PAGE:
Mr. Felipe De La Torre presented UNODC's partnership with the goverment of Mexico to make the preventative power of the Blue Heart campaign a practical reality. Mexico - as a country of origin, transit and destination - has proposed a package of efforts around raising awareness in collaboration with UNODC and several other committed partners from all sectors of government, public and private spheres. Mexico is the first country in the world to adopt a global Blue Heart campaign with this multi-institutional approach to raise awareness of millions of people and hold participatory events to gain greater momentum for the initiative and the messages behind it. Watch Mr De La Torre's presentation here.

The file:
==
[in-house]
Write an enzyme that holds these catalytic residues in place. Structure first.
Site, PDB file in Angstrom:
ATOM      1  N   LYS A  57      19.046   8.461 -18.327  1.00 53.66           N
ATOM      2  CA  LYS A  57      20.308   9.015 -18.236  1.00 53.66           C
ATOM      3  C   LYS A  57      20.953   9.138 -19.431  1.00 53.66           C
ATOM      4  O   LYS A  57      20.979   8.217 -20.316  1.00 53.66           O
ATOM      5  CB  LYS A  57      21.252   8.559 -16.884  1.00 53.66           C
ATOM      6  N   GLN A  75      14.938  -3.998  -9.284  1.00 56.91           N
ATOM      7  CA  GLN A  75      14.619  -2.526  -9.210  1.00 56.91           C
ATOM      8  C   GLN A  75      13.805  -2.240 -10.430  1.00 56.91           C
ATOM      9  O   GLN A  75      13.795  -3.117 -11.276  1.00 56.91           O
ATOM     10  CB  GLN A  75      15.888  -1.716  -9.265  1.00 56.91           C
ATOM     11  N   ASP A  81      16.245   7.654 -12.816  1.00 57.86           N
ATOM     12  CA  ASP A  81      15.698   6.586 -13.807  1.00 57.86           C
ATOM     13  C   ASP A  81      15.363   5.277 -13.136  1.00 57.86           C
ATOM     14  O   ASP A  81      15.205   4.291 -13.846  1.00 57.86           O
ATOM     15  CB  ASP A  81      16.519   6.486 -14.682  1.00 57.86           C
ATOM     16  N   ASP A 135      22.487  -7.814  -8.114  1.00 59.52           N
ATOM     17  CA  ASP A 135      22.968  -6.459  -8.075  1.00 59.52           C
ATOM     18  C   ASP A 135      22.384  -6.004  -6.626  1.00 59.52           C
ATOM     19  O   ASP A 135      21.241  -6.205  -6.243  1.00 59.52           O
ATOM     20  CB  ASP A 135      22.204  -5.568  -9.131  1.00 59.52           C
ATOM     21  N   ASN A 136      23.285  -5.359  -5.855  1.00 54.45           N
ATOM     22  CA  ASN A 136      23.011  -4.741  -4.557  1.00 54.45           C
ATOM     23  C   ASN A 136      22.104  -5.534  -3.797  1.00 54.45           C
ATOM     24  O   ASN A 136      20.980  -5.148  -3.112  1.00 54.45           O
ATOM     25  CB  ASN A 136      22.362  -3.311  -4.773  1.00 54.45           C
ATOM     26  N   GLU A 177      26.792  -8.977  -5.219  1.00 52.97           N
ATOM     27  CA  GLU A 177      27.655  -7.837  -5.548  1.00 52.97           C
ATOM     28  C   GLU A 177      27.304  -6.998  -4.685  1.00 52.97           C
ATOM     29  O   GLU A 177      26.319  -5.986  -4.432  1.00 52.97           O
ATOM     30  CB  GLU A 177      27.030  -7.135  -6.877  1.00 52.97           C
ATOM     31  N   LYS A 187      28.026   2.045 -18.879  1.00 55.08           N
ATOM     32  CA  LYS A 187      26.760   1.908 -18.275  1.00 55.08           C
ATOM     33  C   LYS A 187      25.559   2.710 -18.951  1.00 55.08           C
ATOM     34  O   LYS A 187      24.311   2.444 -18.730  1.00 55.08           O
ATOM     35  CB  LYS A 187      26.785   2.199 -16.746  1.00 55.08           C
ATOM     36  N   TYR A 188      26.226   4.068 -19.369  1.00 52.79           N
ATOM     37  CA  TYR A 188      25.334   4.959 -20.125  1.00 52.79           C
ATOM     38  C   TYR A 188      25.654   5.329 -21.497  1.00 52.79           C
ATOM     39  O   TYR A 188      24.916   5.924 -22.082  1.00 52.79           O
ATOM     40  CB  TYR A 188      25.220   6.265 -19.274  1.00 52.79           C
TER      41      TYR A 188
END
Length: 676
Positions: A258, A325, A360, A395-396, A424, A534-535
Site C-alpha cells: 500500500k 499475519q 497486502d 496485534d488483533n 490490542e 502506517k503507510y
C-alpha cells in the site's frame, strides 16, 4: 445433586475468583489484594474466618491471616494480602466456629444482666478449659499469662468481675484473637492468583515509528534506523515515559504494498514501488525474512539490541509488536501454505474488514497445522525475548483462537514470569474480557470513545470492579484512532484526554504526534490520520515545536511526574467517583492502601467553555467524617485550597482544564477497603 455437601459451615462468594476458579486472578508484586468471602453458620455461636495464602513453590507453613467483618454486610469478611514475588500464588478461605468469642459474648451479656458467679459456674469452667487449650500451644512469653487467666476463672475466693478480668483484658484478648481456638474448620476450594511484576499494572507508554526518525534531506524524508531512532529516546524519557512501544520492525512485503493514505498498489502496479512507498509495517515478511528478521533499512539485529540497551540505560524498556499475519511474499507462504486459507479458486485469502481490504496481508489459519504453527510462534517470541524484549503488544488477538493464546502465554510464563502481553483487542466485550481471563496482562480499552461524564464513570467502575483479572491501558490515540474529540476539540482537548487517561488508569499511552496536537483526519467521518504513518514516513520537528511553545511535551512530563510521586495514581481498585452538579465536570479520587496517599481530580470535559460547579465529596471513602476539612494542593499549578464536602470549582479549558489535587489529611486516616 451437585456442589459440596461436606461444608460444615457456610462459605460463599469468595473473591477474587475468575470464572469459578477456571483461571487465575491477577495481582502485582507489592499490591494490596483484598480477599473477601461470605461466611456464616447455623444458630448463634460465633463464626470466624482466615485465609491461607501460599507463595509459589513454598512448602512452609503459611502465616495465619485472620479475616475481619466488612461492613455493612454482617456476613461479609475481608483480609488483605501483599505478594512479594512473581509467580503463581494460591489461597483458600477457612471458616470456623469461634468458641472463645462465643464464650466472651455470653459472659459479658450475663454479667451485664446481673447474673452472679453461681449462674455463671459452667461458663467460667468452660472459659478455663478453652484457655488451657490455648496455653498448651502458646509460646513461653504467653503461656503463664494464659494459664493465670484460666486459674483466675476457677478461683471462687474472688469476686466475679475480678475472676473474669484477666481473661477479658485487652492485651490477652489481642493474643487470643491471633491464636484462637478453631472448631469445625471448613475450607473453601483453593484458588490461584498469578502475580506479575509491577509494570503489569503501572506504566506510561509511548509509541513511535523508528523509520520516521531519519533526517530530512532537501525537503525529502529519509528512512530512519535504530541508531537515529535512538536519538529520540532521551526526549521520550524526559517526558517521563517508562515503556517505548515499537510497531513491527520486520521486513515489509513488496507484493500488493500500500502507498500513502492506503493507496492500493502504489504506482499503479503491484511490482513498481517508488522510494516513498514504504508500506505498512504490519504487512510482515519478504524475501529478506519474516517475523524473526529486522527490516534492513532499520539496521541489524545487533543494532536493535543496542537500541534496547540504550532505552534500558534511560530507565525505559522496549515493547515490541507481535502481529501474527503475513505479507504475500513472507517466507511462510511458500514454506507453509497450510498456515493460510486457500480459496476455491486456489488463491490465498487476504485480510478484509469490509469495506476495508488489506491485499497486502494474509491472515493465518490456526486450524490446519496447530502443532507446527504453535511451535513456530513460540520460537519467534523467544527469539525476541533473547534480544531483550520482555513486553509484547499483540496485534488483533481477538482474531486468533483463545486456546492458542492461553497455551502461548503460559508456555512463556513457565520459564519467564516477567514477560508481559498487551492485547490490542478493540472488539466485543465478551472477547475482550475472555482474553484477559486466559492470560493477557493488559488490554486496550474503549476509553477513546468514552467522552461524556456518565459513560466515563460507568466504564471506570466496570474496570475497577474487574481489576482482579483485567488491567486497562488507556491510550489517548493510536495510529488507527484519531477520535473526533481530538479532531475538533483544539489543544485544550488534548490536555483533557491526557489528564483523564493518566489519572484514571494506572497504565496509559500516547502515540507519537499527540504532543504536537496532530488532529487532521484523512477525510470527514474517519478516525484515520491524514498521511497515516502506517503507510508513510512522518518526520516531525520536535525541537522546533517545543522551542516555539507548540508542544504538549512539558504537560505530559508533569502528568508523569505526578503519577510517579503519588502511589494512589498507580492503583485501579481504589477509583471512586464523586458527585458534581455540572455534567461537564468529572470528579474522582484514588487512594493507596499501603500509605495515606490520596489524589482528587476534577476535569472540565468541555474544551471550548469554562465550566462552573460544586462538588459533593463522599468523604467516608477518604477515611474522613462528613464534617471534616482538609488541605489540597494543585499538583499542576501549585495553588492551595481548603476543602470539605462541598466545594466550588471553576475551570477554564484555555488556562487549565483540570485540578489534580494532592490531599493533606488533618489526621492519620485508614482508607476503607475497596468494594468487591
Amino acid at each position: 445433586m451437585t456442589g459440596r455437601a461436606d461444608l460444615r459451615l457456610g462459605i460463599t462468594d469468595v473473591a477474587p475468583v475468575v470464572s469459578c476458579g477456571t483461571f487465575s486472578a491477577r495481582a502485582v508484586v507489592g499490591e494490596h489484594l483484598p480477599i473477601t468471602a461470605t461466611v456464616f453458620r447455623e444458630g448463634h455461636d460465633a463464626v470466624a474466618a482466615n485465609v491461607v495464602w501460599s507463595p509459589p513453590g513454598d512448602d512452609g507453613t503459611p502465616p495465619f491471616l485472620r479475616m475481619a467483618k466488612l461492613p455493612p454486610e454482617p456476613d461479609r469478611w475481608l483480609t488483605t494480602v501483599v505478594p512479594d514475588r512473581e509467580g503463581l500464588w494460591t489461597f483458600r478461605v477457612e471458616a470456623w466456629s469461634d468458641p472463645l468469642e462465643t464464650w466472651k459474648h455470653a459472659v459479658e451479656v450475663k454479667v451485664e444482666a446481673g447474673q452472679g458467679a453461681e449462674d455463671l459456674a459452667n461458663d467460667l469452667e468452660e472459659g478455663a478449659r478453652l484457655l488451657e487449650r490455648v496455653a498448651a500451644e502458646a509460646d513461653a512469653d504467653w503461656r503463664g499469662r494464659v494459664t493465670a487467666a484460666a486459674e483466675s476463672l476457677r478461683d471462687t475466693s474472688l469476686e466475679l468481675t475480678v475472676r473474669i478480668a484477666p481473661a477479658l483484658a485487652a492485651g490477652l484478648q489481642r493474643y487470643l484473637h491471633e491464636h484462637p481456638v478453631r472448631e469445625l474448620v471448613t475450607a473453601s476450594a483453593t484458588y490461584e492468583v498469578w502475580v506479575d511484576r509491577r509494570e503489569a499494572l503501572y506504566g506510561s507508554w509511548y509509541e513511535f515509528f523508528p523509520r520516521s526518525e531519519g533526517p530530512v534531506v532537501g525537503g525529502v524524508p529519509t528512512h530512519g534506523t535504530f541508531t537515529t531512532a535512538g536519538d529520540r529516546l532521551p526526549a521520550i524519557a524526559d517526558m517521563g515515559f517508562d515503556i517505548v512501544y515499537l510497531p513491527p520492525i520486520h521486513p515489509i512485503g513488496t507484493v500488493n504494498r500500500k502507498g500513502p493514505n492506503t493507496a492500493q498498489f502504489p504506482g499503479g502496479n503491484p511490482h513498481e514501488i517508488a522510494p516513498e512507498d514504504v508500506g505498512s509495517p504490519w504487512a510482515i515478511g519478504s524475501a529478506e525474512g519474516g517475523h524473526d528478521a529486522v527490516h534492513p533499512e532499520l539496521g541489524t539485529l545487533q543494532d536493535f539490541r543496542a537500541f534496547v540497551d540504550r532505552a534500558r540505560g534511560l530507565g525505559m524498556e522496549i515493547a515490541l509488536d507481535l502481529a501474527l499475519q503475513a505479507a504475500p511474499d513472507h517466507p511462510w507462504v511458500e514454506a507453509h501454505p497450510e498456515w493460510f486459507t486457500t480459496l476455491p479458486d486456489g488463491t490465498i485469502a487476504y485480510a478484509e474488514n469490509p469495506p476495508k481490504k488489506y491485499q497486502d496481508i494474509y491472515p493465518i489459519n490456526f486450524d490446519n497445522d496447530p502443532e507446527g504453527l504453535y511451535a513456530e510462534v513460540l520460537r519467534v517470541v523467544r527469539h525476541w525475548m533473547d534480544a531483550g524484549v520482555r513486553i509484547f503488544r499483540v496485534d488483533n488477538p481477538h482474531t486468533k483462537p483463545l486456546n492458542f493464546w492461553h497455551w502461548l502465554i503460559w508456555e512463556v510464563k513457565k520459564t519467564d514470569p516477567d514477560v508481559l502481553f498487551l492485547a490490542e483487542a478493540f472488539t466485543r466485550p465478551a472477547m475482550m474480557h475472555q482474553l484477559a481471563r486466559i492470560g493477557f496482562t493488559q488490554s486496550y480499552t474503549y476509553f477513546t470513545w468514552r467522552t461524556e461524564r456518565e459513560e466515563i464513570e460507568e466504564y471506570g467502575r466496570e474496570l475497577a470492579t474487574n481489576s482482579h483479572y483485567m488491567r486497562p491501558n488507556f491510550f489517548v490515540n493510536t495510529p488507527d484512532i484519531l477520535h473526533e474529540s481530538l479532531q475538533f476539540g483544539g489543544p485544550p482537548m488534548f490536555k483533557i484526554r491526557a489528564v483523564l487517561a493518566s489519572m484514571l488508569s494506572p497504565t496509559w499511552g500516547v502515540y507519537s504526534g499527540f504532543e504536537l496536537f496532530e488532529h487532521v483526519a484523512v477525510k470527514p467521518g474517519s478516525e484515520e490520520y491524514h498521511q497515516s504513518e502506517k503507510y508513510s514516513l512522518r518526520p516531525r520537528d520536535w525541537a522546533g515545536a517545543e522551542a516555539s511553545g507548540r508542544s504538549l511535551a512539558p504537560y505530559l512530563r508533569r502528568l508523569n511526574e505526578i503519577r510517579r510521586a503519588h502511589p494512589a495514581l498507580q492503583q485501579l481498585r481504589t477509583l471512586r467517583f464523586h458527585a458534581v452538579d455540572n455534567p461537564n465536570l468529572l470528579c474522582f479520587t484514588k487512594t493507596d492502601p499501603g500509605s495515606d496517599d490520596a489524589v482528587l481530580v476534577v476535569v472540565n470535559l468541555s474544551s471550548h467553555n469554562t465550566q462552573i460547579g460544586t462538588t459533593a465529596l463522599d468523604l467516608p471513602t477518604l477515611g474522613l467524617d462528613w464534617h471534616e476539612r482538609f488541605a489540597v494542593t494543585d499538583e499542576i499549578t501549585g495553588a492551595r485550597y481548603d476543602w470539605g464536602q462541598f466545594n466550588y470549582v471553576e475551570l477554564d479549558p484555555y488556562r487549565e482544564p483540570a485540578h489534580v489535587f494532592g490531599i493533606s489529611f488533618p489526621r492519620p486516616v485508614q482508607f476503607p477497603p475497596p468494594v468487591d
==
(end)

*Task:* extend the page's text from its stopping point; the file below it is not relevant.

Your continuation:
The UNODC team presenting the various aspects of UNODC's technical assistance response, highlighted that this multi-faceted but coordinated response aims to ensure that other people do not find themselves in Miguel's situation, or that if they do, they receive the assistance, support and justice they need.